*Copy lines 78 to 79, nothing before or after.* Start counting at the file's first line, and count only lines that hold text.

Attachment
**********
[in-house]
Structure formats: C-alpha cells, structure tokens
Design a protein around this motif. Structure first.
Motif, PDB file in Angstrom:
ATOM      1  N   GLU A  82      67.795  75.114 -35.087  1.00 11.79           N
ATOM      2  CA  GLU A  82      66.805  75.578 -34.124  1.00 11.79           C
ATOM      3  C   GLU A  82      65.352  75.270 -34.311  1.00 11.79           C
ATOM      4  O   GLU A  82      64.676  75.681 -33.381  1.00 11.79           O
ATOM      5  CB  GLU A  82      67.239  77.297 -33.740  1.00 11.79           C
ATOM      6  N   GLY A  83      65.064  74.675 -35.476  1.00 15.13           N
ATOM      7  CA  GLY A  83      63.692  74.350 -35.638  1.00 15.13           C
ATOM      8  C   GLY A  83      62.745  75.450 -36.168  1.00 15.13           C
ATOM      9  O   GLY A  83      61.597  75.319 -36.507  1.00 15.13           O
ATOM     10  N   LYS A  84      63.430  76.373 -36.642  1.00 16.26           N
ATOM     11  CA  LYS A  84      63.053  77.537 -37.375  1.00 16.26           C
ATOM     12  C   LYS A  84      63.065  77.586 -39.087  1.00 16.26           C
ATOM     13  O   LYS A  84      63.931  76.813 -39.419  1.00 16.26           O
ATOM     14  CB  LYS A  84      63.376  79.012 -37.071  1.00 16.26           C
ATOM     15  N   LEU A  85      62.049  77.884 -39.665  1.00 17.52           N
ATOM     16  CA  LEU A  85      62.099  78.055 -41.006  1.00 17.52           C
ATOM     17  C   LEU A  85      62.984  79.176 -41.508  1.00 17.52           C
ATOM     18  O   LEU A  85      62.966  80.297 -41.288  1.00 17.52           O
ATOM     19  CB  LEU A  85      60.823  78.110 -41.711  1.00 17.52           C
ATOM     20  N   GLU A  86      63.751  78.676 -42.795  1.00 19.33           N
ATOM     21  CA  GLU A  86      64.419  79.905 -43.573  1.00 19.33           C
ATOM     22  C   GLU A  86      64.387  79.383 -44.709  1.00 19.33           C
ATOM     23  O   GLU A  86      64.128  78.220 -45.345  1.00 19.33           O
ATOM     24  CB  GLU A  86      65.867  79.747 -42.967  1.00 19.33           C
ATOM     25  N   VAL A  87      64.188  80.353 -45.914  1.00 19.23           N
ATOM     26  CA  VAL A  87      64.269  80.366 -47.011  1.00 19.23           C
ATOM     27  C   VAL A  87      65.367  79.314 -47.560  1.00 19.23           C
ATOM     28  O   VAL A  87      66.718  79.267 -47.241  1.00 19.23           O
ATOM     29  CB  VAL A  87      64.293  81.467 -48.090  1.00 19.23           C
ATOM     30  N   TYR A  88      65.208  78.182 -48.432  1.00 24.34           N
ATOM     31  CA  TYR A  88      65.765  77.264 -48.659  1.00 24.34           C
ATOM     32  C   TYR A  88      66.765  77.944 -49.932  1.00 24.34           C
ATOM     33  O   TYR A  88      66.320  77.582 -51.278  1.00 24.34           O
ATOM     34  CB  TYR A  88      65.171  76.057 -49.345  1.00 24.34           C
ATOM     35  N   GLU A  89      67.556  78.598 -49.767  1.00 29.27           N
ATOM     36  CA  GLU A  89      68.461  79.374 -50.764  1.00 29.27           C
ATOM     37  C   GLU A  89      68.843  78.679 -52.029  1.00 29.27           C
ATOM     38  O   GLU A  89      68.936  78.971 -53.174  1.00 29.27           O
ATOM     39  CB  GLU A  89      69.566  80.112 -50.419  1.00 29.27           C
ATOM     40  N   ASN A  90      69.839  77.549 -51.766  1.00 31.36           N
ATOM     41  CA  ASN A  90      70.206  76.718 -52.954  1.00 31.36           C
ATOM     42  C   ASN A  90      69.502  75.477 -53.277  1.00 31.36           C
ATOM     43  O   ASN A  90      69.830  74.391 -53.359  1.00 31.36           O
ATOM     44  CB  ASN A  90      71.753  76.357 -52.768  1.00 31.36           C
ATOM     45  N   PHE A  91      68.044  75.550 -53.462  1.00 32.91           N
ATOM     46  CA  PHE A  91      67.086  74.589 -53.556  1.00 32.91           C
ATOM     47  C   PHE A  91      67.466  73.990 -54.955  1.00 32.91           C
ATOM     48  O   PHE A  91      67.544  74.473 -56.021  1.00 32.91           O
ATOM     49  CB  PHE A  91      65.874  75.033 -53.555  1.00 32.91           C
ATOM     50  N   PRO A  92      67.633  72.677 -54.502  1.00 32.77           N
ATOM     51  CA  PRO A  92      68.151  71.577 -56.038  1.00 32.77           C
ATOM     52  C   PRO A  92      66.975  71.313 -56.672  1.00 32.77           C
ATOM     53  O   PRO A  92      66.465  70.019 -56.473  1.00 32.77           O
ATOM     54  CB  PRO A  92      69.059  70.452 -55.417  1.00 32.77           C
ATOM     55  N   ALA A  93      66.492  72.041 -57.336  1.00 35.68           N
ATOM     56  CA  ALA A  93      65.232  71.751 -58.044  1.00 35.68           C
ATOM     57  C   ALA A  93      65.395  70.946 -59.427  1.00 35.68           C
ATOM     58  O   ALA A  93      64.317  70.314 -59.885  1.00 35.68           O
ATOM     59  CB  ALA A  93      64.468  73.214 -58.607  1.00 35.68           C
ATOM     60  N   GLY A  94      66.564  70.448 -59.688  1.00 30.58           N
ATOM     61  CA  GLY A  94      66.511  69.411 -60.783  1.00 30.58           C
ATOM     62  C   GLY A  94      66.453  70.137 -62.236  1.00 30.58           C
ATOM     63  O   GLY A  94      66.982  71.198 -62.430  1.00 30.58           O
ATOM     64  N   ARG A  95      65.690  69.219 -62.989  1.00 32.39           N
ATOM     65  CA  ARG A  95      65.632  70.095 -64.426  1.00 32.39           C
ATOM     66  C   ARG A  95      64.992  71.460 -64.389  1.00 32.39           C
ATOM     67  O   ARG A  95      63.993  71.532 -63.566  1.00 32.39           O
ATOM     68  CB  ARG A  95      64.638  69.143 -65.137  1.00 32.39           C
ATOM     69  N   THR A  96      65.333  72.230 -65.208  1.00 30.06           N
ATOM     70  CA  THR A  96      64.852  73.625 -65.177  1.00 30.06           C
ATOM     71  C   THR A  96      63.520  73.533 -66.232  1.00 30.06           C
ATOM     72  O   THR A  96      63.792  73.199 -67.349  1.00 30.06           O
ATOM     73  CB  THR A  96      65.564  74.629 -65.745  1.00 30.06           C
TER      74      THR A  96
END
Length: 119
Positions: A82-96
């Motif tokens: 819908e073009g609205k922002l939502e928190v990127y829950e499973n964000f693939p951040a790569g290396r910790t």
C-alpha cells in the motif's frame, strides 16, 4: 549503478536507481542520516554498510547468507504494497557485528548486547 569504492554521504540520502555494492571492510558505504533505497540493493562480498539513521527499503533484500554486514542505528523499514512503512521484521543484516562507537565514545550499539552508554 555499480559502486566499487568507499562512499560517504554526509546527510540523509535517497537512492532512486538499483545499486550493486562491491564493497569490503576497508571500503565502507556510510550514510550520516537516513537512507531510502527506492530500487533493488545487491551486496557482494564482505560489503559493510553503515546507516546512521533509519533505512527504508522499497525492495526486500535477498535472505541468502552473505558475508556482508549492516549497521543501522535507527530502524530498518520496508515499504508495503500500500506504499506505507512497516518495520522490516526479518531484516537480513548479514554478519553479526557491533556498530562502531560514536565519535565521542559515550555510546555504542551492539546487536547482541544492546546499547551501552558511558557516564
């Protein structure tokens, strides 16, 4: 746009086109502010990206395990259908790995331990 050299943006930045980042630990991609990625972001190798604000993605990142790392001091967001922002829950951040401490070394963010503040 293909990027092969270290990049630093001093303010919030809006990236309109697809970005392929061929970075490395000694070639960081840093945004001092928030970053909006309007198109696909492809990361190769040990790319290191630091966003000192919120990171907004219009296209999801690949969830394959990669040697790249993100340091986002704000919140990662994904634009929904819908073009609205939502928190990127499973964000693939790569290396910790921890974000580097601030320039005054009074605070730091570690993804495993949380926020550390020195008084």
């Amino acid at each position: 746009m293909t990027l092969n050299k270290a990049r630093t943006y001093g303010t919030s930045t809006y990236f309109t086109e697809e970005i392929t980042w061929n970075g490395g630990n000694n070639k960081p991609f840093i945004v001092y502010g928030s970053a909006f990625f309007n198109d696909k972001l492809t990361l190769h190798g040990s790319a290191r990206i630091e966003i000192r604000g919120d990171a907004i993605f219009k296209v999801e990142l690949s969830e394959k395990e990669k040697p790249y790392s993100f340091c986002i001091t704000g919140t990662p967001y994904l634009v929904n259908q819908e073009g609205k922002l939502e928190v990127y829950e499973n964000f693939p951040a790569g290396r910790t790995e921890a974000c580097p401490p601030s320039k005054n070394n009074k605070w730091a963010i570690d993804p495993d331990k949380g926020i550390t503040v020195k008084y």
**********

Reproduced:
TER      74      THR A  96
END